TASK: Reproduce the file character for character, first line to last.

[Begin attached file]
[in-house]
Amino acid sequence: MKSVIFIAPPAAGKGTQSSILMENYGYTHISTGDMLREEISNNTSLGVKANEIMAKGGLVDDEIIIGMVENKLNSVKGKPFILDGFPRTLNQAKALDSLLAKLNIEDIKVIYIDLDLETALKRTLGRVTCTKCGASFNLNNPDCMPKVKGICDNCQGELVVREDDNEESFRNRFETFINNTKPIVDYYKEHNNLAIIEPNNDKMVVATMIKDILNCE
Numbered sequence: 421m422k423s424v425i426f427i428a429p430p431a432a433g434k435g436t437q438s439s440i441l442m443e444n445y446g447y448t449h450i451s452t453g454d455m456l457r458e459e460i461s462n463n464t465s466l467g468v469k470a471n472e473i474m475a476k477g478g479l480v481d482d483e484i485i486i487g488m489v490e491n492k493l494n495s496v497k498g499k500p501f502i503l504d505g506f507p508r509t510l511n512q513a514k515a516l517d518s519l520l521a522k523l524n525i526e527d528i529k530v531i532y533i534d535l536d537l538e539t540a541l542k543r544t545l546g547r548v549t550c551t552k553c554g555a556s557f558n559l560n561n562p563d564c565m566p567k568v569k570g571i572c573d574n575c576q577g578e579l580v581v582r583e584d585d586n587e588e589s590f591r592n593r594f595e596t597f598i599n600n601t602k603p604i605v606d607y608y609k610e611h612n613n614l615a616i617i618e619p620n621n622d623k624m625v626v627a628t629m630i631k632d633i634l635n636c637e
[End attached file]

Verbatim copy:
[in-house]
Amino acid sequence: MKSVIFIAPPAAGKGTQSSILMENYGYTHISTGDMLREEISNNTSLGVKANEIMAKGGLVDDEIIIGMVENKLNSVKGKPFILDGFPRTLNQAKALDSLLAKLNIEDIKVIYIDLDLETALKRTLGRVTCTKCGASFNLNNPDCMPKVKGICDNCQGELVVREDDNEESFRNRFETFINNTKPIVDYYKEHNNLAIIEPNNDKMVVATMIKDILNCE
Numbered sequence: 421m422k423s424v425i426f427i428a429p430p431a432a433g434k435g436t437q438s439s440i441l442m443e444n445y446g447y448t449h450i451s452t453g454d455m456l457r458e459e460i461s462n463n464t465s466l467g468v469k470a471n472e473i474m475a476k477g478g479l480v481d482d483e484i485i486i487g488m489v490e491n492k493l494n495s496v497k498g499k500p501f502i503l504d505g506f507p508r509t510l511n512q513a514k515a516l517d518s519l520l521a522k523l524n525i526e527d528i529k530v531i532y533i534d535l536d537l538e539t540a541l542k543r544t545l546g547r548v549t550c551t552k553c554g555a556s557f558n559l560n561n562p563d564c565m566p567k568v569k570g571i572c573d574n575c576q577g578e579l580v581v582r583e584d585d586n587e588e589s590f591r592n593r594f595e596t597f598i599n600n601t602k603p604i605v606d607y608y609k610e611h612n613n614l615a616i617i618e619p620n621n622d623k624m625v626v627a628t629m630i631k632d633i634l635n636c637e